HISTORIC JOHN RAY HOUSE CLOSED DURING ROOF REPLACEMENT
The Ray House will be closed intermittently while a new cedar shake roof is installed. We regret the inconvenience, but the work is necessary for the preservation of the structure. The work is scheduled to be completed by September 15.
TICKETS FOR POPULAR MOONLIGHT TOUR AVAILABLE ON AUGUST 9
Tickets for the “Moonlight Tour” will go on sale on August 9, 2014. The tour will be held on Saturday, September 13, 2014. Tickets are $7.00 per person. Tickets may be obtained in person at the Visitor Center or by mail (for a limited time).
A Brief Account of the Battle of Wilson's Creek
The Battle of Wilson's Creek
The Battle of Wilson's Creek (called Oak Hills by the Southerners) was fought ten miles southwest of Springfield, Missouri on August 10, 1861. Named for the stream that crosses the area where the battle took place, it was a bitter struggle between Union and Southern forces for control of Missouri in the first year of the Civil War.
Border State Politics
When the Civil War began in 1861, Missouri's allegiance was of vital concern to the federal government. The state's strategic position on the Missouri and Mississippi Rivers and its abundant manpower and natural resources made it imperative that she remain loyal to the Union. Most Missourians desired neutrality, but many, including the governor, Claiborne Fox Jackson, held strong Southern sympathies and planned to cooperate with the Confederacy in its bid for independence.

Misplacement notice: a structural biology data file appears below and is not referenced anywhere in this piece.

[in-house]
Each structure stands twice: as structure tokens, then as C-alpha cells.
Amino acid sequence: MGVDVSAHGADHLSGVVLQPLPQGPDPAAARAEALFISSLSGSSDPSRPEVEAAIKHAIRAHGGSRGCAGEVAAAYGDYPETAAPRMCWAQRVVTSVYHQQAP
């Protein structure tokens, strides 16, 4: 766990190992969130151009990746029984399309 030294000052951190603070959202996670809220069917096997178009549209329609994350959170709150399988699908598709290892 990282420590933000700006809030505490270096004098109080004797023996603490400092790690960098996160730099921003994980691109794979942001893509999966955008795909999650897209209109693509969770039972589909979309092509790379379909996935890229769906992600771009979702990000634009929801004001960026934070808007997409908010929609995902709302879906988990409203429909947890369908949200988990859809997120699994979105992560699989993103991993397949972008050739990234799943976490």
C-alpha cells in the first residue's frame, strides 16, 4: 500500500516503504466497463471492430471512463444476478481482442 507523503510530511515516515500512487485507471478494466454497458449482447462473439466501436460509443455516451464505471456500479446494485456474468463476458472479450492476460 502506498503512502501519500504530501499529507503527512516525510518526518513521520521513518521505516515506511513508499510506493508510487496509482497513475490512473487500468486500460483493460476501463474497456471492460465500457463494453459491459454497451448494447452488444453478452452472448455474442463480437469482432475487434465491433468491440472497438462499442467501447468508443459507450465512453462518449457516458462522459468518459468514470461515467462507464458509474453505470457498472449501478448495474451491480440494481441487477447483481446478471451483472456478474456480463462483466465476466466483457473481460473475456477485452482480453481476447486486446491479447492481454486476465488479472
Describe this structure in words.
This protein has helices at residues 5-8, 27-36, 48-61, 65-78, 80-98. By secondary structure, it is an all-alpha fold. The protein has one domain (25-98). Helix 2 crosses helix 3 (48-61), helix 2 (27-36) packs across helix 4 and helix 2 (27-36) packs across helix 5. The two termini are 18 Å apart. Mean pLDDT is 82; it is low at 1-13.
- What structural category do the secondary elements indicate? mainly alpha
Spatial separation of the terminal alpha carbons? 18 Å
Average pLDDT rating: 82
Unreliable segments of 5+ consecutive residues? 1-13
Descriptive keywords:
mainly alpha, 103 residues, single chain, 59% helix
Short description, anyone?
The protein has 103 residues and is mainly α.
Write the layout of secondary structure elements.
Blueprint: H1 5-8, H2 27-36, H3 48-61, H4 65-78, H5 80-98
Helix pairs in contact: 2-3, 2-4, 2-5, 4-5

When President Lincoln called for troops to put down the rebellion, Missouri was asked to supply four regiments. Governor Jackson refused the request and ordered State military units to muster at Camp Jackson outside Saint Louis and prepare to seize the U.S. arsenal in that city. They had not, however, counted on the resourcefulness of the arsenal's commander, Captain Nathaniel Lyon.
Learning of the governor's intentions, Lyon had most of the weapons moved secretly to Illinois. On May 10 he marched 7,000 men out to Camp Jackson and forced its surrender. In June, after a futile meeting with Governor Jackson to resolve their differences, Lyon (now a brigadier general) led an army up the Missouri River and captured the state capital at Jefferson City. After an unsuccessful stand at Boonville a few miles upstream, Governor Jackson retreated to southwest Missouri with elements of the State Guard.
Why Wilson's Creek?
After installing a pro-Union state government and picking up reinforcements, Lyon moved toward southwest Missouri. By July 13, 1861, he was encamped at Springfield with about 6,000 soldiers, consisting of the 1st, 2nd, 3rd, and 5th Missouri Infantry, the 1st Iowa Infantry, the 1st and 2nd Kansas Infantry, several companies of Regular Army infantry and cavalry, and three batteries of artillery.
Meanwhile, 75 miles southwest of Springfield, Major General Sterling Price, commanding the Missouri State Guard, had been busy drilling the 5,200 soldiers in his charge. By the end of July, when troops under Generals Ben McCulloch and N. Bart Pearce rendezvoused with Price, the total Southern "coalition" force (a mixture of Confederate troops and state forces) exceeded 12,000 men. On July 31, after formulating plans to capture Lyon's army and regain control of the state, Price, McCulloch, and Pearce marched northeast to attack the Federals. Lyon, hoping to surprise the Confederates, marched from Springfield on August 1. The next day the Union troops mauled the Southern vanguard at Dug Springs. Lyon, discovering he was outnumbered, ordered a withdrawal to Springfield. The Confederates followed and by August 6 were encamped near Wilson's Creek.